Clean-cut tribute to Aleppo

Rina Badenhorst

Historians tell us that Aleppo is one of the oldest and continuously inhabited cities in the world.

They say it dates from around the 5th millennium BC, possibly even earlier, and that it was an independent kingdom in 1800 BC, roughly 1000 years before the founding of Rome and Byzantium.

Aleppo and the destruction of this ancient city that has taken place, is a result of more than two years of civil war that is still ongoing, a saga brought into our homes by television.

Then there is an almost daily saturation of visual destruction, numbed faces, refugees and orphaned children, clouds of black smoke and, I repeat, destruction, wanton and needless destruction.

What Rina Badenhorst has portrayed with her series of oil paintings, is not the Aleppo of visual media.

Instead of destruction, the GFI Gallery is filled with creative brilliance.

An image of a pristine white heron is dominant on every canvas.

No harrowing faces, no refugees, no wanton devastation or desolation. Instead, painterly skills, masterly handled, quietness and order, colour and calm.

A fitting tribute to heroic people and a devastated city.

“Aleppo” so distant from Port Elizabeth, is an unexpected subject for a local artist to choose, also Rina never went there.

She knew of this city on the famed Silk Road to the East.

Every traveller for more than a 1000years passed that way, and her research would have revealed images of the Great Souk, one of the most famous markets in the known world and of the Great Mosque. Ibn-Battuta (1304-77), the famous traveller, described the market 600 years after it was built, as the biggest he had ever seen, and he had seen most of them.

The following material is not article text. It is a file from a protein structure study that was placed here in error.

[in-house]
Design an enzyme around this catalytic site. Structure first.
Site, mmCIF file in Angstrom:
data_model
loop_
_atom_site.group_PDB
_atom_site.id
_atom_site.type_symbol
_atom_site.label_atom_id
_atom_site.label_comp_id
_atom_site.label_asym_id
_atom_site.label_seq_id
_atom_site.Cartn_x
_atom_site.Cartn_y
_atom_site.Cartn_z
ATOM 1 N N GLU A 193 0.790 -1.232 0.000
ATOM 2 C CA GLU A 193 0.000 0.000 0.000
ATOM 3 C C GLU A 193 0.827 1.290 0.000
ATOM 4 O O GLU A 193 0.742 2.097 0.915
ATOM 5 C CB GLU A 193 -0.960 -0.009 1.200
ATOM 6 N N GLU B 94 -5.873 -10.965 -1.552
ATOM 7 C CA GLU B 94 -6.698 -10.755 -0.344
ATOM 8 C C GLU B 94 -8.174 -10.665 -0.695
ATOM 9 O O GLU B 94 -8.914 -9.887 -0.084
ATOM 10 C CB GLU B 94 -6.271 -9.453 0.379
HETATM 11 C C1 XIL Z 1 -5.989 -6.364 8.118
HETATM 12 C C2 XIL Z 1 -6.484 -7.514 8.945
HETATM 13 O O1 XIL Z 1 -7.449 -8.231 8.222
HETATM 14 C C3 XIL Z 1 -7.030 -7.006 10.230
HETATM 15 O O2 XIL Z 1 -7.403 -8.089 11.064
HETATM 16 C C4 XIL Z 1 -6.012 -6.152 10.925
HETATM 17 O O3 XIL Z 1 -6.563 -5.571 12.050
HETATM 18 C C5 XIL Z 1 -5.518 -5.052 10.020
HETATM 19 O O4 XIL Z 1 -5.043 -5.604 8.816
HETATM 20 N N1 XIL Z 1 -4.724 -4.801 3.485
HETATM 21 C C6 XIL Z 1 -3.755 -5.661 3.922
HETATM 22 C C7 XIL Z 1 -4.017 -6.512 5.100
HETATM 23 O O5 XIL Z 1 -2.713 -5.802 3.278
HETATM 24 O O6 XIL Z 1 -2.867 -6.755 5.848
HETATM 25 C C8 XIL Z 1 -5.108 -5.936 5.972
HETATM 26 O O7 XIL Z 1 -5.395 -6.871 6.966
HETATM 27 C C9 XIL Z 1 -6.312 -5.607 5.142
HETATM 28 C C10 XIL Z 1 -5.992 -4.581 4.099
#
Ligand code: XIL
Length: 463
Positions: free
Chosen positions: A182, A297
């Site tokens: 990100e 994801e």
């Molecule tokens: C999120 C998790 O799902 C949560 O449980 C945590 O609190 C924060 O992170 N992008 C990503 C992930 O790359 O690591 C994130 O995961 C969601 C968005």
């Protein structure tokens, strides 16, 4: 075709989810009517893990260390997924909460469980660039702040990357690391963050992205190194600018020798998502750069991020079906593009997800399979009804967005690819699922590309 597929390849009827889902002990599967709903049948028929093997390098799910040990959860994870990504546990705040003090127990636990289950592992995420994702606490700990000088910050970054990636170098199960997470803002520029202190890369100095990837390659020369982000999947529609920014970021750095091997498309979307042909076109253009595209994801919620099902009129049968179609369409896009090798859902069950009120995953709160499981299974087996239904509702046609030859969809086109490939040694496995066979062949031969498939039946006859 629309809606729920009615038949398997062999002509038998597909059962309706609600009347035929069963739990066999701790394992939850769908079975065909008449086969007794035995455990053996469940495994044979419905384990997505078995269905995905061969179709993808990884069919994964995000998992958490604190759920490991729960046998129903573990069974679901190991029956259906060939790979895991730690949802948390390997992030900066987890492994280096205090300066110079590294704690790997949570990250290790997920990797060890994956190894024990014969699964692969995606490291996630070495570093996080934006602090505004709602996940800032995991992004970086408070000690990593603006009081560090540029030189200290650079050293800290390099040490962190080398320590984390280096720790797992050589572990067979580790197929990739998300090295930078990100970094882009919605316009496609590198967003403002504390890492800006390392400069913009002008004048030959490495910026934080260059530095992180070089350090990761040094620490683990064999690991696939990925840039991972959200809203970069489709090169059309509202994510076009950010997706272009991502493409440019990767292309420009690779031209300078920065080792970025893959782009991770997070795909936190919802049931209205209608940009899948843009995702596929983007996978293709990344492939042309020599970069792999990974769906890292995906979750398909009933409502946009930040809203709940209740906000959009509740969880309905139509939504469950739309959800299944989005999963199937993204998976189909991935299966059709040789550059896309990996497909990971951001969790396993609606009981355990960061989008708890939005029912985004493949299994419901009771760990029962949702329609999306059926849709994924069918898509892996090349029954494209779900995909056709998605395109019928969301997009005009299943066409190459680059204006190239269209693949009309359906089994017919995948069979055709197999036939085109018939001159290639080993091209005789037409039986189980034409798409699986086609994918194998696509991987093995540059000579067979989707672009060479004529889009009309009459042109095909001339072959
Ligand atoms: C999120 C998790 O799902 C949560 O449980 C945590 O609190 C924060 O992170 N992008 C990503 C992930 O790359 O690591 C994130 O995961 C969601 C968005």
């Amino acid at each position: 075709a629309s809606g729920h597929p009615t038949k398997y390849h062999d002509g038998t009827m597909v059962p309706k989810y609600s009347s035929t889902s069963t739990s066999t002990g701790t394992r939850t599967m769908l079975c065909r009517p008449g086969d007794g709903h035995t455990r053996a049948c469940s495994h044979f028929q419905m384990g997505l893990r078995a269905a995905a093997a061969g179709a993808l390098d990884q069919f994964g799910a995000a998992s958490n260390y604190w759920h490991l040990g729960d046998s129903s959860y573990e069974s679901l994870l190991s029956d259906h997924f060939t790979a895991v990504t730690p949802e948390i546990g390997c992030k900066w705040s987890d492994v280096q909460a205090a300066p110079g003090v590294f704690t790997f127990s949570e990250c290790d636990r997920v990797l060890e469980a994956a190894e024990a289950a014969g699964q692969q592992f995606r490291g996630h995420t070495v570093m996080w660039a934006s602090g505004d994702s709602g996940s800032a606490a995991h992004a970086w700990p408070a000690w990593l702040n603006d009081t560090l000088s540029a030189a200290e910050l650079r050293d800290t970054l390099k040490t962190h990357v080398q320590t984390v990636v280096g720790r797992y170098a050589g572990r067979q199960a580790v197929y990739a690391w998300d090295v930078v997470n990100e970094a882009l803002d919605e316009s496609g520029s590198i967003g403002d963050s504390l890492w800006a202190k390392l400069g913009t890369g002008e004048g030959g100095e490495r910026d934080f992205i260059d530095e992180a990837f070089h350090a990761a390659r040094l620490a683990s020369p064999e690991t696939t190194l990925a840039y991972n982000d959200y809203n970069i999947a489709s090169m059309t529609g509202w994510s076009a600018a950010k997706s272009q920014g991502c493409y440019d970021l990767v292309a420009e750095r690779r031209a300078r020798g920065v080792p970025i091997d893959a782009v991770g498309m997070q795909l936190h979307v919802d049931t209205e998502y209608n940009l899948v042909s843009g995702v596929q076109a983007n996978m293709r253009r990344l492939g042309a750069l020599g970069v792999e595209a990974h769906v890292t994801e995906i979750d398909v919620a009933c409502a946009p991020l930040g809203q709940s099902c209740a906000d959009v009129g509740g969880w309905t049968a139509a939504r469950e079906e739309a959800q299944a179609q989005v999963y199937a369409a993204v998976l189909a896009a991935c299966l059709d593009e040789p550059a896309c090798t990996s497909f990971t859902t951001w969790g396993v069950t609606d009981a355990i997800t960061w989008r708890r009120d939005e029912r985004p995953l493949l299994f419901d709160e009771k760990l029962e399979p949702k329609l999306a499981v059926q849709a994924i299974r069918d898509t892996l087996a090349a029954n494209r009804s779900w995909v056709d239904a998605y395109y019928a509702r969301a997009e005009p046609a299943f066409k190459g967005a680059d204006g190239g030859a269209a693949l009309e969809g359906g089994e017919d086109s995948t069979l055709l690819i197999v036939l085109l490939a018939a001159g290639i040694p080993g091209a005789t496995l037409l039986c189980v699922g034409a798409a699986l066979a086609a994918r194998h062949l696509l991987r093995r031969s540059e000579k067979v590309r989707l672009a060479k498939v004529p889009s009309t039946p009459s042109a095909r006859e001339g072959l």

Today, the mosque and the market are wastelands, as are the numerous other churches, also the ancient Citadel built in the 13th century by Saladi’s son, Sultan Ghazi.

Modern weapons of destruction have succeeded where others failed.

Aleppo has been no stranger to both pillage and destruction, her situation at a junction of trade routs made her vulnerable.

Known as “Halab”, it is still called by this name today by Arab speakers, it was conquered in relentless succession by the Hurrites, the Hittites, then the Assyrians, Persians and Seluicids. Aleppo has been destroyed and rebuilt many times.

But only under the Romans was it restored and a measure of peace imposed.

After the Arab conquest, the Omayyads built the Great Mosque and developed the markets that surrounded it.

Today, most of this lies in rubble, the world blinded and confused while Bashar al-Assad and Isis quarrel over the region like dogs with a bone, the population turned to refugees and those remaining, living like rats in a spoilage heap.

A sad indictment on our world of intolerance.

Rina’s exhibition is a personal tribute to the ancient city and the people.

To all of them, Arab and Christian, her thoughtful and profound statement, beautifully handled.

A story of anguish told with the metaphor of the white egret as a symbol of hope, of rebirth for the city, and her faith for mankind.

Told without the ugliness of pain, human agony and conflict.

There is not a single human image, only quiet beauty, colour and tone.

Her use of the purity of white is spectacular.

The exhibition intended as a tribute to Aleppo, also reflects Rina’s confidence in herself as an artist.
Over the past 20 years, she has lived up to her reputation as one of our country’s finest leading painters.

  • Aleppo. Life in the Rubble of Destruction by  Rina Badenhorst at the  GFI Art Gallery, to May 31.

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